My first job was as a teacher in a college. Being new, I would put heart and soul into coming up with well-structured lesson plans filled with interesting ways of delivering the content. I really enjoyed the lesson planning. The bit I hated was when the actual students arrived in class and “messed up” my beautiful plan by not learning in accordance with it! I quickly realised that teaching was probably not my true vocation and thought I’d learned a valuable lesson myself – that real life has a nasty habit of messing up carefully laid plans.
But clearly, I failed to learn that lesson because, fast forward to my career as an HR Director, and there I am repeating the mistake – this time with succession plans. I was told by HR experts that the succession plan is one of the things I HAD to do. And so I dutifully complied in every organisation I worked in. And not just to tick the governance box for our potential CEO replacements, but often going much further and producing numerous succession plans to cover off our Divisional top teams as well. Once I’d got a couple of names in each succession box, I would feel a lot better. We can sleep easier, I thought, we have our list. But, just as my students messed up my lesson plans, so my identified successors would mess up my succession plans. They would leave. They wouldn’t be willing to relocate. They would struggle with additional responsibilities. They wouldn’t like the role that had been assigned as “theirs”. I began to realise that the comfort I thought I was getting from a nicely completed succession plan was an illusion.
Perhaps the bigger wake up call was the realisation that the flaw in my succession plans wasn’t just the successors, but the incumbents themselves. I was asking senior leaders to identify their successors through a process that was mis-matched to the fast-paced and disrupted world they were identifying them for. My succession planning processes always seemed to have the same problems, such as:
- no matter how hard I tried to get leaders to think beyond their own teams, they would invariably identify the guys they’d been working with for forever. They knew them, they trusted them, they knew that they could already do some of their job and sometimes, they’d even promised them they could have it. This of course, reinforced the existing silos and would have prevented any fresh perspectives and skills.
- their succession planning was rarely troubled by any thoughts that their role, their team, their responsibilities might change. They chose their anointed ones based on the status quo remaining well after their departure. Even if I ventured to suggest that the way they had been doing the role might not make sense in the near future, they would nod politely and ignore me. I get this. It’s hard enough to think that anyone can replace you let alone be a bigger or better version.
- just as they struggled to think about how the role would change, their succession efforts often led to them identify a collection of “mini-me’s” in terms of leadership style and behaviour. Again, an understandable preference for sticking with what you know – but really rubbish for a diverse pipeline and a breadth of perspectives that was needed.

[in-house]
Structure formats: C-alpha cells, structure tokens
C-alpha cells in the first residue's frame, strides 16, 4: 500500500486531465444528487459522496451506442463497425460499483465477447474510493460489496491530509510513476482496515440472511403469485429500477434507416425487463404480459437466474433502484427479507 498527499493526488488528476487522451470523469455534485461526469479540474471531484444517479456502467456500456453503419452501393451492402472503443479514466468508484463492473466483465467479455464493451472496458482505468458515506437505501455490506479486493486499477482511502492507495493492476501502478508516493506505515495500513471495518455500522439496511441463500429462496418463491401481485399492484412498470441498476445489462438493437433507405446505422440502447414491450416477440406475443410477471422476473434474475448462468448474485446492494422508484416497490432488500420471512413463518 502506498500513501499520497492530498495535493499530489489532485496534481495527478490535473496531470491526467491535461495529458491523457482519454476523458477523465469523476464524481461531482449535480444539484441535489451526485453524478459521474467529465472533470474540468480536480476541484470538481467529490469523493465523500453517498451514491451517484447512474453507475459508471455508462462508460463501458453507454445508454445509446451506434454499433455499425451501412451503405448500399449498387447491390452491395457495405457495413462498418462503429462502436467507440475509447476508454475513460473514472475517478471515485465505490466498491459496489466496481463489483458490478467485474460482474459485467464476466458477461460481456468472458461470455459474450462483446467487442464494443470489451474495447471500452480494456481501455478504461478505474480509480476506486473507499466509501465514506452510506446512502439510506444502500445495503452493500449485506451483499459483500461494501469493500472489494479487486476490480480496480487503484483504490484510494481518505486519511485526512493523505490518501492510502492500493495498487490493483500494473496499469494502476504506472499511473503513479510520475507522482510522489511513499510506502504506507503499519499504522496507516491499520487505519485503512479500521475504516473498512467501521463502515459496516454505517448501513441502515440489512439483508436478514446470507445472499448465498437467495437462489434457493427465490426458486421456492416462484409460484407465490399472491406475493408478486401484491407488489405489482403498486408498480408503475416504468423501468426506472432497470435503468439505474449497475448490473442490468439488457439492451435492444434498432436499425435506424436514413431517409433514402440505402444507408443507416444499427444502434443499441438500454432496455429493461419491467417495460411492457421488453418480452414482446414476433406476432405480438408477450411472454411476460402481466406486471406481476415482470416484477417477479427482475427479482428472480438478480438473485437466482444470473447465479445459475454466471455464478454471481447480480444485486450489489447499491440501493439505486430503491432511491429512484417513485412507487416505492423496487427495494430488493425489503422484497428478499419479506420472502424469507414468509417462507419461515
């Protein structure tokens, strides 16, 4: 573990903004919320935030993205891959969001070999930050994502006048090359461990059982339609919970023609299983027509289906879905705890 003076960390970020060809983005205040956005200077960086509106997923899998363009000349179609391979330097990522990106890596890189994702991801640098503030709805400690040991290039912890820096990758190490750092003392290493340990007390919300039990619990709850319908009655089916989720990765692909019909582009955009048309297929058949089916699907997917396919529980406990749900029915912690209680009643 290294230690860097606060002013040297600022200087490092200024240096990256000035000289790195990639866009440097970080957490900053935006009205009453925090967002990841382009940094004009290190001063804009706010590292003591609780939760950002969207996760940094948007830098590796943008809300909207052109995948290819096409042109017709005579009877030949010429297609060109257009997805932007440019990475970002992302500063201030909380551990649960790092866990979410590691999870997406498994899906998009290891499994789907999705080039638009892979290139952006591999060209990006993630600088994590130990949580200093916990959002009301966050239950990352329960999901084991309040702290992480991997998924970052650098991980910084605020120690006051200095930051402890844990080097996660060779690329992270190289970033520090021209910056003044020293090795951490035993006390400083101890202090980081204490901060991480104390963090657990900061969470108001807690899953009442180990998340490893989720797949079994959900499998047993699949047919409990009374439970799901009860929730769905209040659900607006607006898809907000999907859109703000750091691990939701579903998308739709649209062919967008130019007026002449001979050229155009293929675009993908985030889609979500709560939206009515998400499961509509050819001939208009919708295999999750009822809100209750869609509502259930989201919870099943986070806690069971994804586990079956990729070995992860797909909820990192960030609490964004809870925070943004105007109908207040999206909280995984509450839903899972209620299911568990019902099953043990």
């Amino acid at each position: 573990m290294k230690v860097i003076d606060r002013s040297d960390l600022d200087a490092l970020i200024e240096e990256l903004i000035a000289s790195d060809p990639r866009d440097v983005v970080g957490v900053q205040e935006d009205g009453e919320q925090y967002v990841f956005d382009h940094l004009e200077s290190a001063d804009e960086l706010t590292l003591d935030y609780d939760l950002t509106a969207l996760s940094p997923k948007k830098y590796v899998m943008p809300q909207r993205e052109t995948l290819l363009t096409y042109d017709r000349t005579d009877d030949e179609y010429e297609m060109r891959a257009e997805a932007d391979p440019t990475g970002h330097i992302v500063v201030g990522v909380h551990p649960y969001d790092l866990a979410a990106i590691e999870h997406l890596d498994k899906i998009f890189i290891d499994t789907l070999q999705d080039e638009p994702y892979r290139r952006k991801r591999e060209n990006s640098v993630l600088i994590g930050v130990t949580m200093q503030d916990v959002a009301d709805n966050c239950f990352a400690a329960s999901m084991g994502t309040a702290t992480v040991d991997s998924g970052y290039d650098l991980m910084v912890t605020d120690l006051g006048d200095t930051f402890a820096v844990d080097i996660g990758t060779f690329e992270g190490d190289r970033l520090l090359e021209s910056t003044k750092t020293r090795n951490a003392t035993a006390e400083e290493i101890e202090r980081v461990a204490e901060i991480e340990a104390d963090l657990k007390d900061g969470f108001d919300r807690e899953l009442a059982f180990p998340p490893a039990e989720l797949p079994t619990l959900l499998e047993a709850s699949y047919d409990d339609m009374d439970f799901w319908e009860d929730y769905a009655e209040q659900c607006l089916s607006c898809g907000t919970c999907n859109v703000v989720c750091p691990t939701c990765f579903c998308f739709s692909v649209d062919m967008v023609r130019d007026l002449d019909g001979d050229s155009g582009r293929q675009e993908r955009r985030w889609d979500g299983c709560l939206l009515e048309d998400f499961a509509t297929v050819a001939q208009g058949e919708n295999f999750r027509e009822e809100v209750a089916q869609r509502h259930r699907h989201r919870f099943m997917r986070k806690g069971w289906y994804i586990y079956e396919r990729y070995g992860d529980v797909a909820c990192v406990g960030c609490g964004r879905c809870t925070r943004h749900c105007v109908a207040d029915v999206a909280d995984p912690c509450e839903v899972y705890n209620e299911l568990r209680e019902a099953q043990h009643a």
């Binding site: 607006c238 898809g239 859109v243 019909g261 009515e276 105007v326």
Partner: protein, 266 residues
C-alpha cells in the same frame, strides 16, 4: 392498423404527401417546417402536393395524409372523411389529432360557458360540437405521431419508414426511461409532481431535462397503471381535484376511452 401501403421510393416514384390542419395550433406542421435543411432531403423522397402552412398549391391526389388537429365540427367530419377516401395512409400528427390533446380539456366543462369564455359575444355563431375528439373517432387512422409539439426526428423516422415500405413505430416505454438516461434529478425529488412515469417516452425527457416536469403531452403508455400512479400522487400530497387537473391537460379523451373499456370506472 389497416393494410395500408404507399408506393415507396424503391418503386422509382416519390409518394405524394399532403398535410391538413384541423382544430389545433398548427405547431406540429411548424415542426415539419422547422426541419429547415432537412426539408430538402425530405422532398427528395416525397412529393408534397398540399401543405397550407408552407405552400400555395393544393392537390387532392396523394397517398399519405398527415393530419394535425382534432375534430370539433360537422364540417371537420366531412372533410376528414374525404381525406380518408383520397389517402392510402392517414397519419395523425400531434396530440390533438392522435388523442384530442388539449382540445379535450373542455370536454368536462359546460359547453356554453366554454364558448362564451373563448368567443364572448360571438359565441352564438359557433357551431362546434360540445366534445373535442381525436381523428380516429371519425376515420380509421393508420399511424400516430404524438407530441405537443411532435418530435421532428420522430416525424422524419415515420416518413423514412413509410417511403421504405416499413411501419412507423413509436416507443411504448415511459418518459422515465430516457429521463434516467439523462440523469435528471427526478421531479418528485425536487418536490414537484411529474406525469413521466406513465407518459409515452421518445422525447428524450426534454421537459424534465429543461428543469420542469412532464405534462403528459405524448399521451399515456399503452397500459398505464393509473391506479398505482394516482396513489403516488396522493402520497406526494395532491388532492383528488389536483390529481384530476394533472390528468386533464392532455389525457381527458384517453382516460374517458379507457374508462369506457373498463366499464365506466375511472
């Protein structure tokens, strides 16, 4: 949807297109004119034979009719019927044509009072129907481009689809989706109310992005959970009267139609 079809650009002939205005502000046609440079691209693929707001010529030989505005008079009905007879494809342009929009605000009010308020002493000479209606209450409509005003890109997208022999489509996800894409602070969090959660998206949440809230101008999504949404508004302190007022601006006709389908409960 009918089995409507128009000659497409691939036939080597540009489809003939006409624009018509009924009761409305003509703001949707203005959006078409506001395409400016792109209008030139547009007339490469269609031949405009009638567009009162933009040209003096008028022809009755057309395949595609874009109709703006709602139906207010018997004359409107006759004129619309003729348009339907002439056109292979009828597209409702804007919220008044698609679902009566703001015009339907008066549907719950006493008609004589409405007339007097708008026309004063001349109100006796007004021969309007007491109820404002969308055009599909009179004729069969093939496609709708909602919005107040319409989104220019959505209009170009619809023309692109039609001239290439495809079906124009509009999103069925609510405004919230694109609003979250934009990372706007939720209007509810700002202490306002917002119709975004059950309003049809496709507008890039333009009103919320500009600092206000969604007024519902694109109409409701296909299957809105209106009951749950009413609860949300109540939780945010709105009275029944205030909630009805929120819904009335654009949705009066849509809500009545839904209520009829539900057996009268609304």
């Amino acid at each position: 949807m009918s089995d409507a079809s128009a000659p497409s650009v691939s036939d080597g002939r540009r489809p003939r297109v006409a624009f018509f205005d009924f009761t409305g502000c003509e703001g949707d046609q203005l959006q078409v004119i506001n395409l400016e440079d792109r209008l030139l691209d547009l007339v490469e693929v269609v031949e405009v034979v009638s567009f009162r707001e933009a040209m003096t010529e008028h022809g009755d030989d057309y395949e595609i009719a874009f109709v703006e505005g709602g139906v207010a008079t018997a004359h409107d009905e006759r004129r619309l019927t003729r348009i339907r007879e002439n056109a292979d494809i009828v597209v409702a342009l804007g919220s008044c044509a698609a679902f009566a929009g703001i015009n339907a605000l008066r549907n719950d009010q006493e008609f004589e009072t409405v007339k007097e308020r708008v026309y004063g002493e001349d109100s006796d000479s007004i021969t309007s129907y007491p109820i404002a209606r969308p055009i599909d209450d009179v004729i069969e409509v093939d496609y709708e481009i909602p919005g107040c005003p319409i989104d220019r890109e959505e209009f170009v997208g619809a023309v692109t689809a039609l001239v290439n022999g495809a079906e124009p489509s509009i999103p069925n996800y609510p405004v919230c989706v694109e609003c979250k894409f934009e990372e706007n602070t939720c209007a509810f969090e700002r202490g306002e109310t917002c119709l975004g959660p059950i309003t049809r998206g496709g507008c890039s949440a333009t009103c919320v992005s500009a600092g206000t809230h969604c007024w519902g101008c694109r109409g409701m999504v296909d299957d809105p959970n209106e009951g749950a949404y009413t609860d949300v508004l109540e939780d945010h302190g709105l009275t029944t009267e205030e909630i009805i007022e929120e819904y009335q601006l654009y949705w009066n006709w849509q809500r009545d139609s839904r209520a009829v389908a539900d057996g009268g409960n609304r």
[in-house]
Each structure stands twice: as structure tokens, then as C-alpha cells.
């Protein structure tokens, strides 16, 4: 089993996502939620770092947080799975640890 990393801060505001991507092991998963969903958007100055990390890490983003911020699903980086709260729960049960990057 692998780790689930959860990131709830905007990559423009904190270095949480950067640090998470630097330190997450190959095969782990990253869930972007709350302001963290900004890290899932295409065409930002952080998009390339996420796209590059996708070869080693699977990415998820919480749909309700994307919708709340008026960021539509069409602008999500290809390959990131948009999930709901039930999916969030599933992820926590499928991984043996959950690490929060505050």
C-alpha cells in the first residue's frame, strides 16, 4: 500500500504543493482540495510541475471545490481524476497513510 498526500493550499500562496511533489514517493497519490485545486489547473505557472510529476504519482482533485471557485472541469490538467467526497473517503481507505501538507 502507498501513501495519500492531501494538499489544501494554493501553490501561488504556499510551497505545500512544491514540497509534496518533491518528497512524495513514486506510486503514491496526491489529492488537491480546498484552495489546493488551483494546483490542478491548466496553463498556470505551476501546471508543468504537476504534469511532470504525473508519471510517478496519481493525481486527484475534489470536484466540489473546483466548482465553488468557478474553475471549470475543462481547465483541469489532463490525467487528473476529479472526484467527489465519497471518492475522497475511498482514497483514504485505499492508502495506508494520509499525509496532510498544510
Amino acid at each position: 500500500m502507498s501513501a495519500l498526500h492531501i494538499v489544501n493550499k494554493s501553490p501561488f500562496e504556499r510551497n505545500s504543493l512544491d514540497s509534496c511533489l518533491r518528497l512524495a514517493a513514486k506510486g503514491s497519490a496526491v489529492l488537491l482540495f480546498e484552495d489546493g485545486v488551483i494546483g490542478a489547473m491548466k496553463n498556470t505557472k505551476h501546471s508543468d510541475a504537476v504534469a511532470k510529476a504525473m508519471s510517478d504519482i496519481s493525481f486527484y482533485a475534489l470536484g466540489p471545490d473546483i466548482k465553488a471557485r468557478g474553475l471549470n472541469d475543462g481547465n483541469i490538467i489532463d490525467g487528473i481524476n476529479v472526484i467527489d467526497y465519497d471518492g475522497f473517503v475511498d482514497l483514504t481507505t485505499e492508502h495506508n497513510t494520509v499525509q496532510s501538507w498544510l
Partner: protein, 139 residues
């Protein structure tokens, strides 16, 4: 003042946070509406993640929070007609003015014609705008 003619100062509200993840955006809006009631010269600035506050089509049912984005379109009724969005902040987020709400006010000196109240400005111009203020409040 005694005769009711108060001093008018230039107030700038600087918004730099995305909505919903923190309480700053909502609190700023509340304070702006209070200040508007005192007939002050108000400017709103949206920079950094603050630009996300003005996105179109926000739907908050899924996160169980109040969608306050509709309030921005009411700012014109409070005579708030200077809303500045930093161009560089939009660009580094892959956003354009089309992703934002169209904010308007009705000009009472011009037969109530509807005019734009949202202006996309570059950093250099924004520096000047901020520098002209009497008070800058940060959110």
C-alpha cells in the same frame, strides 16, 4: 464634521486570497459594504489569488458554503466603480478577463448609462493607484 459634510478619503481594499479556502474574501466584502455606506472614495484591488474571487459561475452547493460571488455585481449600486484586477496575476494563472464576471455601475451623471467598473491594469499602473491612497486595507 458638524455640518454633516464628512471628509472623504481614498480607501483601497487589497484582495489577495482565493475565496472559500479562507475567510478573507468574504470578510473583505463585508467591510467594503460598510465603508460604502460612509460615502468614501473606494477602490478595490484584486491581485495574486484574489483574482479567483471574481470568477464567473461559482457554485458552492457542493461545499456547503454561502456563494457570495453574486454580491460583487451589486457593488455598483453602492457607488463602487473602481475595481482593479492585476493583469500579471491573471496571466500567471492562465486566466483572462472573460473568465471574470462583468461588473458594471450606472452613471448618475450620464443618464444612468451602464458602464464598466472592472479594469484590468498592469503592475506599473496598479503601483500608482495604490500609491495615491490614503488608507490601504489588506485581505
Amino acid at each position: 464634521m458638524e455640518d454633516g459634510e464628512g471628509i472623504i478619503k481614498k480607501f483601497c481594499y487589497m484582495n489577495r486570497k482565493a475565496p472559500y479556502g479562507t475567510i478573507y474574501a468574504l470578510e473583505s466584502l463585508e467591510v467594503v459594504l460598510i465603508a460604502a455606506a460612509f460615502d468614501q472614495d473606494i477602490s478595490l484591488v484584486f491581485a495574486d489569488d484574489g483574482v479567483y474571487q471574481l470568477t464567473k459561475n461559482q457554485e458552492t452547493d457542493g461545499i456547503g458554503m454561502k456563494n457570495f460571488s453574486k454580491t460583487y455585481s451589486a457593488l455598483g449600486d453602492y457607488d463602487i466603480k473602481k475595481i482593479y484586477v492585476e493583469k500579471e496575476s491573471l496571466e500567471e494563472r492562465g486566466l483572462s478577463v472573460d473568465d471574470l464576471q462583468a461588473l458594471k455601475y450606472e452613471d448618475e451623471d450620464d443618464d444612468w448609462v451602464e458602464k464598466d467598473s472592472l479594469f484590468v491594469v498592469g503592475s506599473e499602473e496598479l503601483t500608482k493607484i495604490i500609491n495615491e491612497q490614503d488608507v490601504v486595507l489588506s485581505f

There are of course some innovative approaches that some organisations are using to identify, if not their certain successors, then a group of people who can provide leadership in the future. I’d like to highlight three:
Don’t try and allocate people into roles – just agree your subs bench
Instead of succession planning within silos, get clusters of leaders from different teams to identify the internal talent that’s available? If you add into the mix a couple of external perspectives who can help you think through how the roles and capabilities might need to change, you get a breadth of opinion that might lead to some interesting results.
Build talent communities
I recently met with the Head of Digital for a well-known media brand. He talked about how he had been courted for nearly two years by the CEO of his current company. No hard sell. No vacancy. Just having dinner every now and again. Building relationships with individuals who may or who may never become part of your organisation takes effort but is something all of our leaders should be doing if they’re serious about robust succession. I think the facilitation of this is a key role for HR Directors of the future.
Choose your leaders through their followers
I was very interested to hear about an approach to succession planning that didn’t go top-down, but bottom up. Using Network Analysis tools, the teams, not the incumbents were asked a series of simple questions such as:
“Who do you trust?”
“Who do you go to for connections?”
“Who inspires you?
“Who stretches and develops you?”
This lead to a number of potential successors being identified who had those attributes that meant people would follow them and would perform better. Identifying your future leaders through the people who will be led by them could provide you with some great additional insights.
When I reflect on the results of my succession efforts, I have to acknowledge that they failed to produce what was needed – capabilities for the future, movement and the creation of opportunity, a range of leadership styles and perspectives. Succession plans, like so many of our talent processes try to provide an organisation with certainty. They say “We can be certain that we have the leaders of the future because we have all the boxes filled”. But HR shouldn’t be offering this kind of guarantee. We should be brave enough to tell our organisations that we can’t possibly be certain about who exactly will fit which role, by when. All we can offer them are some future-proofed attributes that, if possessed by enough people, might enable our organisations to survive or thrive. Attributes such as curiosity, connectivity and insight, humility and self-knowledge.
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